The NTSB thoroughly investigated the extensive modifications made to the airplane. The modifications had made the aircraft lighter and reduced drag, but decreased stability. Leeward took the plane to 530 mph (850 km/h) during the race, about 40 mph (65 km/h) faster than he had gone previously.[20] There was evidence of extreme stress on the airframe demonstrated by buckling of the fuselage aft of the wing and gaps appearing between the fuselage and the canopy during flight (visible in high resolution photographs taken by spectators).

The investigation report, released in August 2012, found that the probable cause of the crash were reused single-use locknuts in the left elevator trim tab system that loosened. This led to a fatigue crack in an attachment screw and allowed the trim tab to flutter. This flutter caused the trim tab link assembly to fail which led to loss of control of the aircraft. Untested and undocumented modifications to the airplane contributed to the accident. Particularly, the right trim tab had been fixed in place. Had both trim tabs been operational, the loss of the left trim tab alone may not have caused loss of control. When the trim tab failed, Leeward experienced 17 g, which quickly incapacitated him and likely rendered him unconscious.[21][22]

In 2012, the NTSB released seven safety recommendations to be applied to future air races. These included course design and layout further away from the spectators stands, pre-race inspections, airworthiness of aircraft modifications, FAA guidance, pilot g-force awareness, and ramp safety.[23]


  1. ^ "Plane crashes into crowd at Reno air races". MSNBC. September 16, 2011. Retrieved September 16, 2011.
  2. ^ "Death toll following Reno air disaster reaches 9; 69 injured". BNO News. September 17, 2011. Archived from the original on 2011-09-26. Retrieved September 17, 2011.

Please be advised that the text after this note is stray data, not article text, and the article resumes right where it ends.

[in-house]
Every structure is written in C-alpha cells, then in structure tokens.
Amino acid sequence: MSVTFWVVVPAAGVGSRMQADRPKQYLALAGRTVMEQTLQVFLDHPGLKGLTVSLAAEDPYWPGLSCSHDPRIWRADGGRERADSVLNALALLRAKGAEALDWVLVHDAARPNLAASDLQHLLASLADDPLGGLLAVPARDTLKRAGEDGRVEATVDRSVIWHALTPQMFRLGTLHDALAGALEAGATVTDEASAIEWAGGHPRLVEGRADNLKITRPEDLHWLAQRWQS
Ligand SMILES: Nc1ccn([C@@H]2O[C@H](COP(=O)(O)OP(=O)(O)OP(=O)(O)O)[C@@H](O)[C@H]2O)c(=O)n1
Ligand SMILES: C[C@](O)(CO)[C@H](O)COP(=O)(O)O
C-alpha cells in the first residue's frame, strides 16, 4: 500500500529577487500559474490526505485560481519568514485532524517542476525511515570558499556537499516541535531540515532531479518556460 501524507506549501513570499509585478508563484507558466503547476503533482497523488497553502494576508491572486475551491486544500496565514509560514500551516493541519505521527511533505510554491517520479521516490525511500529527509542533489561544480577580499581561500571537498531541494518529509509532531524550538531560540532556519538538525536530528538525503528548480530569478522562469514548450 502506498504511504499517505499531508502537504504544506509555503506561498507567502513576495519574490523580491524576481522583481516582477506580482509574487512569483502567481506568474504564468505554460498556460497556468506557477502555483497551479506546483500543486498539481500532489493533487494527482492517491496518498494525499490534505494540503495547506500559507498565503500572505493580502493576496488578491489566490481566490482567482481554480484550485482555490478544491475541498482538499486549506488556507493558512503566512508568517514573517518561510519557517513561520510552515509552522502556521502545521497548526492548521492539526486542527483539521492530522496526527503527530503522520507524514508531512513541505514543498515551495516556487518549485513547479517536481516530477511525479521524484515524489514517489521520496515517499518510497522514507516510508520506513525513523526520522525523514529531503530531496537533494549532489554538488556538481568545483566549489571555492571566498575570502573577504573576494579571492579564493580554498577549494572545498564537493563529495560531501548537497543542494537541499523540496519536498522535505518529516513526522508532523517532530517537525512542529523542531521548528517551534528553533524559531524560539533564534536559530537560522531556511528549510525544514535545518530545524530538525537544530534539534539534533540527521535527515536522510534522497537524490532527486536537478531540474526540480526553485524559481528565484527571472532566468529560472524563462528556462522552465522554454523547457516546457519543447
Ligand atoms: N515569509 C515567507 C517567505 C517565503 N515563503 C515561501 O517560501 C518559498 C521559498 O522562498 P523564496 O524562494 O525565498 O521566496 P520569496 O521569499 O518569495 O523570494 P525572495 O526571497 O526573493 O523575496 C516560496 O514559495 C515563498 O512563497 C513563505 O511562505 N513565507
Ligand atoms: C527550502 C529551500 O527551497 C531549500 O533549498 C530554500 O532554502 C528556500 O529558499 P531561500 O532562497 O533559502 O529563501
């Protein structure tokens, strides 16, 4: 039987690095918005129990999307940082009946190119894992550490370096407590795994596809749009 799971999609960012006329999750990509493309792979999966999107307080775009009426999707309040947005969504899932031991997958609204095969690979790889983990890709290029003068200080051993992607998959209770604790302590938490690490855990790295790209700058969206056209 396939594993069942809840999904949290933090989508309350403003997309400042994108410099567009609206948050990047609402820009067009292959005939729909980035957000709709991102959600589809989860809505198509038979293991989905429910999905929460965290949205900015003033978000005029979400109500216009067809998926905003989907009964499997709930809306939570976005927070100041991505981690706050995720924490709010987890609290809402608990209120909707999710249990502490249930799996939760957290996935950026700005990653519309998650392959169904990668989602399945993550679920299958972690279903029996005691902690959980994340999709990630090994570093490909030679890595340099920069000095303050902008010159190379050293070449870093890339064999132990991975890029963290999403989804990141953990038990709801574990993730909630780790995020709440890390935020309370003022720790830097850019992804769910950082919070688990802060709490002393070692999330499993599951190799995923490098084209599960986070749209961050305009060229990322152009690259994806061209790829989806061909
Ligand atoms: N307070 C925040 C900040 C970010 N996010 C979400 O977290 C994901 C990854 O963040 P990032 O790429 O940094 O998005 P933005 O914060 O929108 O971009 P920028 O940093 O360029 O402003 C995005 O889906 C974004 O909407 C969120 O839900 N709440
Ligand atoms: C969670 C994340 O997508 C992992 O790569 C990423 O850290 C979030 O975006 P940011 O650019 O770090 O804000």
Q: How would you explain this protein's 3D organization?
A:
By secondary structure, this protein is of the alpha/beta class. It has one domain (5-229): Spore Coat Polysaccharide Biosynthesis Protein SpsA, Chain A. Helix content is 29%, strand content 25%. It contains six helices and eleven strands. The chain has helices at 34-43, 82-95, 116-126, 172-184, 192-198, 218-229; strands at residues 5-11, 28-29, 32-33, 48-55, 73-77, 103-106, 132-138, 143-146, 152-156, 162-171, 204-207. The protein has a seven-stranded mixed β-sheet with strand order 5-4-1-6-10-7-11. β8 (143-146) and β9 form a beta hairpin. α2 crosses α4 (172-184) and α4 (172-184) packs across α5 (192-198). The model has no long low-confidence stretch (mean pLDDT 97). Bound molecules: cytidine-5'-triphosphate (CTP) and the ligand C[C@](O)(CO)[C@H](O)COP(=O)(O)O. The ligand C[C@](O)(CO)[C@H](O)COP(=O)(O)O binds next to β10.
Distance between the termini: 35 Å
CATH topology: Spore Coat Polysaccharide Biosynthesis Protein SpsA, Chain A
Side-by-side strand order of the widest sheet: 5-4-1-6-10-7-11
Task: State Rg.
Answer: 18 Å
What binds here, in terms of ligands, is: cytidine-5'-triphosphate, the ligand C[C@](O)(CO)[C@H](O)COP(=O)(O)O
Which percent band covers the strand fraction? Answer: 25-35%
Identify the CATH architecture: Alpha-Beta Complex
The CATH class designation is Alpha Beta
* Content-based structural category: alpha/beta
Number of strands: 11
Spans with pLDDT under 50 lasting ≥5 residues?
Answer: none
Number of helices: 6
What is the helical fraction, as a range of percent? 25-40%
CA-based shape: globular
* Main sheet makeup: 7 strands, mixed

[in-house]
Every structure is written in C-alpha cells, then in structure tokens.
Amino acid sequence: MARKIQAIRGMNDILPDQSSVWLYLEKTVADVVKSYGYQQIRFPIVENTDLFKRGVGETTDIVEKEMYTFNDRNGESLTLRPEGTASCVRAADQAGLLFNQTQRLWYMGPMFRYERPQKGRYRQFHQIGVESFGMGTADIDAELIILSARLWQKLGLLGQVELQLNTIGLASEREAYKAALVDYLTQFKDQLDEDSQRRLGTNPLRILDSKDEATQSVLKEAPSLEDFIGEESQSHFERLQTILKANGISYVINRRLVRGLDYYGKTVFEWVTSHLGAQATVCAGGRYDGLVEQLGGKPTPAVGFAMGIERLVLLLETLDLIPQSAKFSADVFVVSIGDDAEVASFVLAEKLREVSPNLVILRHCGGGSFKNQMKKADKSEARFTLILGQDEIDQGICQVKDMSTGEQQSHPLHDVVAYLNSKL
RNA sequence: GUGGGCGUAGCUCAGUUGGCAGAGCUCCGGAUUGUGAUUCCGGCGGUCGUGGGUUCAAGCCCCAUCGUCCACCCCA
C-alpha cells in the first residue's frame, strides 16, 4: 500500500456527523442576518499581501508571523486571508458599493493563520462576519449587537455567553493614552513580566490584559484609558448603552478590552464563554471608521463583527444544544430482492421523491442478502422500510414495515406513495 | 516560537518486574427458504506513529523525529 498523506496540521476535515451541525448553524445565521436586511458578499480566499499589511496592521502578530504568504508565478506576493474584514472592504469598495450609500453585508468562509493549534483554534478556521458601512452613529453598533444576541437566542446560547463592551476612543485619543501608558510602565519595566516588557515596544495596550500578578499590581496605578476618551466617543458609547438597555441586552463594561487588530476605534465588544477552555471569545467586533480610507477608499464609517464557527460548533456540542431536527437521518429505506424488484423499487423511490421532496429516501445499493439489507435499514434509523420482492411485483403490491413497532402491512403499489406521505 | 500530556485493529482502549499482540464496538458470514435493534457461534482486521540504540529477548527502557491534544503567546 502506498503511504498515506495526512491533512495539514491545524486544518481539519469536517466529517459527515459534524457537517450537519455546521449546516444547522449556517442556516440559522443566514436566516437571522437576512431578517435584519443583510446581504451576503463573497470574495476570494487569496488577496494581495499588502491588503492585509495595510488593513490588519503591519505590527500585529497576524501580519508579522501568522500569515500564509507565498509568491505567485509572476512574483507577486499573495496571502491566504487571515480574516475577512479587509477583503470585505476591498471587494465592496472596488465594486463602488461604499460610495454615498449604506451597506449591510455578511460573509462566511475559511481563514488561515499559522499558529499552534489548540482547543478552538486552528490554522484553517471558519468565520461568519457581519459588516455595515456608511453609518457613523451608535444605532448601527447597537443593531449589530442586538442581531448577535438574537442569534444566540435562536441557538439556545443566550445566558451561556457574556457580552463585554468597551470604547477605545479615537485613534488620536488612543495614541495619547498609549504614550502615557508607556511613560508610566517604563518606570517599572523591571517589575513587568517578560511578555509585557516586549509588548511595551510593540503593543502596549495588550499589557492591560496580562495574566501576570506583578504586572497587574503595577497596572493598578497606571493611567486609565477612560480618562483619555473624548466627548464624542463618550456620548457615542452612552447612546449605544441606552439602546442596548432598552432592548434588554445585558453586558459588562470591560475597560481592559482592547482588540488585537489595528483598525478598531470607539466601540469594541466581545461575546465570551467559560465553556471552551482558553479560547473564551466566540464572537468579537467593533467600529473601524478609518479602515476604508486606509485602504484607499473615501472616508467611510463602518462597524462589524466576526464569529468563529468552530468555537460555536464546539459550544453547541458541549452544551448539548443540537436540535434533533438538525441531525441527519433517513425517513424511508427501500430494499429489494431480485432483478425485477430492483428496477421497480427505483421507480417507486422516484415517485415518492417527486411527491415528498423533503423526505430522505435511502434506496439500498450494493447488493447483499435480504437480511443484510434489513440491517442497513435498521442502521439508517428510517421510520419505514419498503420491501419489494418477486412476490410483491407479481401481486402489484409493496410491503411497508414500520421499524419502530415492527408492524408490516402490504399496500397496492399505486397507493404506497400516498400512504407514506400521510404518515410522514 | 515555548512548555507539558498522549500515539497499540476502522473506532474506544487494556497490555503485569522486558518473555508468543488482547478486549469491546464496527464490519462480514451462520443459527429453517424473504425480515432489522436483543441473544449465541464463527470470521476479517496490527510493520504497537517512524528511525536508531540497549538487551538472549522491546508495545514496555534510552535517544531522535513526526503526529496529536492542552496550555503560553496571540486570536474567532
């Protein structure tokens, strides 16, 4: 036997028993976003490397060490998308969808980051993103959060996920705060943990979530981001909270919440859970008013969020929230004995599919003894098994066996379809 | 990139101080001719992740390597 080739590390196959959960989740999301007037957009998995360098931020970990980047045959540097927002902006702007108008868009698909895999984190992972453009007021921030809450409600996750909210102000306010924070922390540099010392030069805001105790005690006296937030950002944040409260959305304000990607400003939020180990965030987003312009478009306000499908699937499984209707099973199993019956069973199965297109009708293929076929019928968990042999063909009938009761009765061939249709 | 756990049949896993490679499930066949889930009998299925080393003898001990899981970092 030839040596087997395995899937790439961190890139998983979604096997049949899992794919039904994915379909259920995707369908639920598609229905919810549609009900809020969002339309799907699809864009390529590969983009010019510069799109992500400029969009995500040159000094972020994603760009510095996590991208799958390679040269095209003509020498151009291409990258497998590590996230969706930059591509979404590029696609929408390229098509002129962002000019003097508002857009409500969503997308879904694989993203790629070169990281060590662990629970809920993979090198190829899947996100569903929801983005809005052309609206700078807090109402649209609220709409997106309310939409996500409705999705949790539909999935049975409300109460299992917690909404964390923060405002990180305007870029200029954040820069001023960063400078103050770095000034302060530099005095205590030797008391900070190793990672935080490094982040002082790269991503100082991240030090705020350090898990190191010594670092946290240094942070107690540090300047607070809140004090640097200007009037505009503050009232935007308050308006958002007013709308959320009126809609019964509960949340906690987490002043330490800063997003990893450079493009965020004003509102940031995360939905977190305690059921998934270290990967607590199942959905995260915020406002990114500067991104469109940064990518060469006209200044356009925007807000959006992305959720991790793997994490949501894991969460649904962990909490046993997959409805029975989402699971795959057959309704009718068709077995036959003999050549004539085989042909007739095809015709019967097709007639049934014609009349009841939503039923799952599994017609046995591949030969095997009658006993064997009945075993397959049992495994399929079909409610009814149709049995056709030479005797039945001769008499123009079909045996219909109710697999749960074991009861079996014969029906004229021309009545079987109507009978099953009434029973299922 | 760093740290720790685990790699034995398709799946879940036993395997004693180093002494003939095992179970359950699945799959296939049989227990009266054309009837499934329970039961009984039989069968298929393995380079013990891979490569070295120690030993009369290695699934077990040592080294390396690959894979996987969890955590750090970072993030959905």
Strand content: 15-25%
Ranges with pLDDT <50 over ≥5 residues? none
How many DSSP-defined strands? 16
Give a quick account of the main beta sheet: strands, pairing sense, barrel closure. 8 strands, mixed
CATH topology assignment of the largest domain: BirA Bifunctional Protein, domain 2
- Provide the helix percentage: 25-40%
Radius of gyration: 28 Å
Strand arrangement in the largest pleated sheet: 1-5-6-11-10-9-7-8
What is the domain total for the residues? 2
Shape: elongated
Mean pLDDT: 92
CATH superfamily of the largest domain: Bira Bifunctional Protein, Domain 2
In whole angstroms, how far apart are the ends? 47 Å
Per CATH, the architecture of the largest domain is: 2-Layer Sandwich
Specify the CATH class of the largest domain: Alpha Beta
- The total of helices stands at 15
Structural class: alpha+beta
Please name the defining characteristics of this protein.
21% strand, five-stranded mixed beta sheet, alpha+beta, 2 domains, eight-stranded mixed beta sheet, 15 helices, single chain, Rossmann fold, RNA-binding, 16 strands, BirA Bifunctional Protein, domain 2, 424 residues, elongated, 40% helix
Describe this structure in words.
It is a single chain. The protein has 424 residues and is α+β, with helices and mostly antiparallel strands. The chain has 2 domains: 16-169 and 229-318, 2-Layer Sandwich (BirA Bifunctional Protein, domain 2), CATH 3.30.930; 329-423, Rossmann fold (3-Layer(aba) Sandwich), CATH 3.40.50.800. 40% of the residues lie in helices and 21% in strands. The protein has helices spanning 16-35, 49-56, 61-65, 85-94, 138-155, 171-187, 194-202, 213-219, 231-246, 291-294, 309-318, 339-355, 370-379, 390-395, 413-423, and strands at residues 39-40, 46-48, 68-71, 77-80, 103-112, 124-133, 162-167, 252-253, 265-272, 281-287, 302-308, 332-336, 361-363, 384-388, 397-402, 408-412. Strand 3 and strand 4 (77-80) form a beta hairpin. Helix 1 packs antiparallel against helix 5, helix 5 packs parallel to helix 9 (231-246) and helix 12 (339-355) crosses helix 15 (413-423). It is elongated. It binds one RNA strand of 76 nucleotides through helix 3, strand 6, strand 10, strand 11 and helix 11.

3. ^ Johnson, Bridget (2011-09-19). "World's Worst Air Show Crashes". World News. Archived from the original on 2015-04-03. Retrieved 2011-09-20.
  4. ^ "'Mass casualties' reported after plane crashes at Nevada air show". CNN. September 16, 2011.
  5. ^ "Death toll from Nevada air crash rises to nine". Reuters. 2011-09-17.
  6. ^ Ritter, Ken (1970-09-18). "Plane in NV crash had 'radical' changes to compete". Retrieved 2011-09-19.
  7. ^ Frank, Thomas (2011-09-18). "10th person dies from Reno air race crash". Retrieved 2011-09-19.
  8. ^ "P-51D Mustang/44-15651". FAA Registry. Retrieved 2011-09-17.
  9. ^ a b c Davison, Budd (May 2011). "Reviving a Ghost". Sport Aviation. Experimental Aircraft Association. 60 (5): 34–39. Archived from the original on September 23, 2011. Retrieved September 17, 2011.
  10. ^ "Steve C Beville Obituary". EAA. Archived from the original on 3 December 2011. Retrieved 17 September 2011.
  11. ^ "The Galloping Ghost Returns To Reno". Pacific Flyer. Archived from the original on 10 November 2010. Retrieved 17 September 2011.
  12. ^ "June 2011 National Championship Air Races Podcast". YouTube. 2011-06-16. Retrieved 2011-09-19.
  13. ^ "NTSB Aircraft Accident Report OAK71FXQ16 North American P-51D, registration: N79111". National Transportation Safety Board. Retrieved July 11, 2017.
  14. ^ "Voodoo - 98 NCAR". Retrieved 2011-09-19.
  15. ^ Grantham, Kevin; Grantham, Jackie (27 September 1998). "Reno Unlimiteds Turn 35". AVweb. Retrieved 19 September 2011.
  16. ^ "National Transportation Safety Board Aviation Accident Final Report Accident Number: LAX99FA311". National Transportation Safety Board. May 9, 2001. Retrieved July 11, 2017.
  17. ^ a b Barboza, Tony (September 17, 2011). "Reno air races crash: NTSB investigates elevator trim tab". Retrieved 2011-09-19.
  18. ^ "US vintage aircraft crashes into crowd". Telegraph. London. September 17, 2011. Retrieved 2011-09-19.
  19. ^ "NTSB: No Video From P-51 in Reno Air Show Crash". ABC. October 21, 2011. Italic or bold markup not allowed in: |publisher= (help)
  20. ^ Ritter, Ken, "NTSB: Trim tab failure caused 2011 race crash", Military Times, 27 August 2012
  21. ^ Accident Brief, NTSB/AAB-12/01 PB2012-916203
  22. ^ "Pilot/Race 177, The Galloping Ghost North American P-51D, N79111 Reno, Nevada September 16, 2011 Accident Brief NTSB/AAB-12/01" Archived October 14, 2012, at the Wayback Machine
  23. ^ "Aviation accident at the Reno Air Race". Retrieved 2019-03-24.